Throwback Thursday — Rebel Girl | Bikini Kill


Maddy Hanton

Bikini Kill, formed in 1990’s among the growing underground punk rock scene in the Pacific Northwest, is widely considered to be a trailblazer of the riot grrrl movement. With a sound characterized by the individuality and aggression often associated with early punk and lyrics that sport the mentality of radical third-wave feminism, Bikini Kill was a force to be reckoned with.

“Rebel Girl,” Bikini Kill’s most popular song, was originally released in 1993 and is considered by many to have been the anthem of the riot grrrl scene. Its message is a clear challenge to heterosexual standards in the male-dominated music industry with an unmistakeable lesbian perspective. Other tracks focus on women’s topics such as domestic abuse, overcoming the patriarchy, sexual assault, and overall empowerment for women.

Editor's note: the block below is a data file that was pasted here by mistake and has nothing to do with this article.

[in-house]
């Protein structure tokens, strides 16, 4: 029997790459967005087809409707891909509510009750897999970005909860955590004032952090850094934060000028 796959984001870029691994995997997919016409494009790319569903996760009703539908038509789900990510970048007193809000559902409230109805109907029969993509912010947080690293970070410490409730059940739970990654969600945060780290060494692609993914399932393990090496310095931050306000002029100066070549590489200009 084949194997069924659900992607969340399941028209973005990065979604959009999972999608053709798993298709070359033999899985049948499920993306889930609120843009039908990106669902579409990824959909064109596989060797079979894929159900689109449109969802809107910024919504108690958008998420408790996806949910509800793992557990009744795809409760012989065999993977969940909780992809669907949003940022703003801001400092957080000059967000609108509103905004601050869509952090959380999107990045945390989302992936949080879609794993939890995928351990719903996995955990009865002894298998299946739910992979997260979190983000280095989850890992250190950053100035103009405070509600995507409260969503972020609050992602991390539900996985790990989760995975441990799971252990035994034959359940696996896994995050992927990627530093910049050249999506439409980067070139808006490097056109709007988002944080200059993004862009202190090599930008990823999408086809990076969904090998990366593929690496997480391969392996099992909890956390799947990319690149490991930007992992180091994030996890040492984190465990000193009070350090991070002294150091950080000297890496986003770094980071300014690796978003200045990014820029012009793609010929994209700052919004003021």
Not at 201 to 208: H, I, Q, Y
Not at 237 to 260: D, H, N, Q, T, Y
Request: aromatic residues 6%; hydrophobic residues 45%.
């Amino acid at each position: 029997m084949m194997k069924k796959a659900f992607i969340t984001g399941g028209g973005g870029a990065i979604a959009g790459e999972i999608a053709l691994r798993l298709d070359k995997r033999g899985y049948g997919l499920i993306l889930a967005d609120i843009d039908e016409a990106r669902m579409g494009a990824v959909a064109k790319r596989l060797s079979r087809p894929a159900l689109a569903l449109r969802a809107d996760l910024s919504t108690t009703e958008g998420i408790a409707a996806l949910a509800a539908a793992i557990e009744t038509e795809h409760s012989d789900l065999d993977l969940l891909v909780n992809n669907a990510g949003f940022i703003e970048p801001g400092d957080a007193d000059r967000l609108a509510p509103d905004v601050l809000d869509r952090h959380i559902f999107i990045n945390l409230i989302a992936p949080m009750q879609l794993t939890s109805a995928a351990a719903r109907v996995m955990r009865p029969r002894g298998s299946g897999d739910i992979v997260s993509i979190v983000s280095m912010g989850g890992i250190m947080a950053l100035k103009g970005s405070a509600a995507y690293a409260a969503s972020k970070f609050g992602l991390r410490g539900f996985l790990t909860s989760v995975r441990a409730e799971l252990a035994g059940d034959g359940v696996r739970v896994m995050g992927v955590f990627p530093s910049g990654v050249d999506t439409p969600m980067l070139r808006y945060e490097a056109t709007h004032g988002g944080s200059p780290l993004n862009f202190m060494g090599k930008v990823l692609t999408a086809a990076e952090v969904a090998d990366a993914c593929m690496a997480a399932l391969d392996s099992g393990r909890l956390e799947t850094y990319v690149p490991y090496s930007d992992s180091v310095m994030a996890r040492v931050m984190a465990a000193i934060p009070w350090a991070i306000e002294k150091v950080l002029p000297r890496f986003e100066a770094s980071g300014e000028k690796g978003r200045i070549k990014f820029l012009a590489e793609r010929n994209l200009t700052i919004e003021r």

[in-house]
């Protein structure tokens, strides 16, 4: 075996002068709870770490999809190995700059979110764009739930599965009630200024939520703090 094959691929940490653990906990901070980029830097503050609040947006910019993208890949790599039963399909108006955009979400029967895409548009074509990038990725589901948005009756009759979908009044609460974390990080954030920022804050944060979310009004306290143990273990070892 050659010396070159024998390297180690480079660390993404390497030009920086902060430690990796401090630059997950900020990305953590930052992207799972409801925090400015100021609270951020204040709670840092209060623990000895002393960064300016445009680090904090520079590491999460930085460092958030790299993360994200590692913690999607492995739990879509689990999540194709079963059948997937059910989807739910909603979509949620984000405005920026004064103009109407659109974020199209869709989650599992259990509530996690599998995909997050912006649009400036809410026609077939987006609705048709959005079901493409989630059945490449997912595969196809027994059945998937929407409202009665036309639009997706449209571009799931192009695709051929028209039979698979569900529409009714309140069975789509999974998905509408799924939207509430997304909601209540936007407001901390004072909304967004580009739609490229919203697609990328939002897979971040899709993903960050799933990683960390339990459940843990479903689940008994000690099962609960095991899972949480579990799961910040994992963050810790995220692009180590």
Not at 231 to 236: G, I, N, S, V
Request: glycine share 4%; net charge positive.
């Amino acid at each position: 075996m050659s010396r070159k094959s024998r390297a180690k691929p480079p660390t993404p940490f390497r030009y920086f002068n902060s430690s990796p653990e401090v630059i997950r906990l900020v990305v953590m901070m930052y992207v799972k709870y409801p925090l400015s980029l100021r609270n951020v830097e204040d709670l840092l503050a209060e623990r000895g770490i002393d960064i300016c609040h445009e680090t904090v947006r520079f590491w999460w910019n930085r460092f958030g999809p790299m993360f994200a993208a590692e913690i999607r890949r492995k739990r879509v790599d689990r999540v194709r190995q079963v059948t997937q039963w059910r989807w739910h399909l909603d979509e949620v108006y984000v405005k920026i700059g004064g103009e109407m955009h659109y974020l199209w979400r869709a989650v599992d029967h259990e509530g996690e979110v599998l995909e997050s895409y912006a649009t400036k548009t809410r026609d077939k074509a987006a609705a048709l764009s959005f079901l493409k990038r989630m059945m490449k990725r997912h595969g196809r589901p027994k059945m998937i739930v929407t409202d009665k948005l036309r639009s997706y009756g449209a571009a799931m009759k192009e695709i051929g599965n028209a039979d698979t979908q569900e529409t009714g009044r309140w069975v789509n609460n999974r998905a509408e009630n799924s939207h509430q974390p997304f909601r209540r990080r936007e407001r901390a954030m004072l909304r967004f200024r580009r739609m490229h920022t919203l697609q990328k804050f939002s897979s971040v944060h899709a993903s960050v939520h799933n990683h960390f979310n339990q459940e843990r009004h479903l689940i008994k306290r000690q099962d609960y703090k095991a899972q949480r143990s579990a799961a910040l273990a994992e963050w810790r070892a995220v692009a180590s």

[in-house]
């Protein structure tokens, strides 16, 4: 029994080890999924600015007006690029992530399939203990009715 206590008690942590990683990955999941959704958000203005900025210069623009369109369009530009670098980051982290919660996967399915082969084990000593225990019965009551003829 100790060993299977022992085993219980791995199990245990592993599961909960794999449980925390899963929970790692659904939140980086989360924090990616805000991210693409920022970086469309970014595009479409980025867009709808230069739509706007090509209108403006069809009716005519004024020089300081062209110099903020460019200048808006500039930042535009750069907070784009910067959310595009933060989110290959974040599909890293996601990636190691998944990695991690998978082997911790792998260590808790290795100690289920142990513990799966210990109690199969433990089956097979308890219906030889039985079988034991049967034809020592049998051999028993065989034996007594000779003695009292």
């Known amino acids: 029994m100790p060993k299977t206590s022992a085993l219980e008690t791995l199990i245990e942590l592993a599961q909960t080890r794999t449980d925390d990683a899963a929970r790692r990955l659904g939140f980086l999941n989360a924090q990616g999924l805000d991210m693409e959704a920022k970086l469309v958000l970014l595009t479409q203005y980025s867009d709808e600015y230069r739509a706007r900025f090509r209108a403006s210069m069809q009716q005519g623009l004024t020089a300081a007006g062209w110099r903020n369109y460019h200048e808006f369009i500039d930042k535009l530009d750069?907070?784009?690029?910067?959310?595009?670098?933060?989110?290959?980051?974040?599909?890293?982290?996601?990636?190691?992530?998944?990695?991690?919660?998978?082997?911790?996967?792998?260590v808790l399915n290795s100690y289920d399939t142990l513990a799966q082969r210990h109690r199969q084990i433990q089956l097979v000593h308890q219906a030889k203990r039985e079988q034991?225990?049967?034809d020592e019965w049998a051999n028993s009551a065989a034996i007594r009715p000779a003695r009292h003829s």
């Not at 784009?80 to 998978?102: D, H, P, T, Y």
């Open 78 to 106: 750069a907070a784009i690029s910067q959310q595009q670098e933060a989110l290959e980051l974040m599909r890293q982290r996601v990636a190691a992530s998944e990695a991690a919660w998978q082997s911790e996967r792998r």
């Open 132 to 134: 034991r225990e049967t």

Lead singer Kathleen Hanna’s thrilling vocals give the song a certain power and potency that gives authority to the song’s feminist message, while clashing guitar, bass and drums create a sound that inspires listeners to make change happen. Lyrics such as “When she talks, I hear the revolution / In her hips, there’s revolution,” and “That girl thinks she’s the queen of the neighborhood / I got news for you, she is!” encourage women to embrace their own power and sexuality.

Overall, the song “Rebel Girl” and all other tracks by Bikini Kill can be considered odes to feminist solidarity that will continue to be relevant and empowering for decades to come.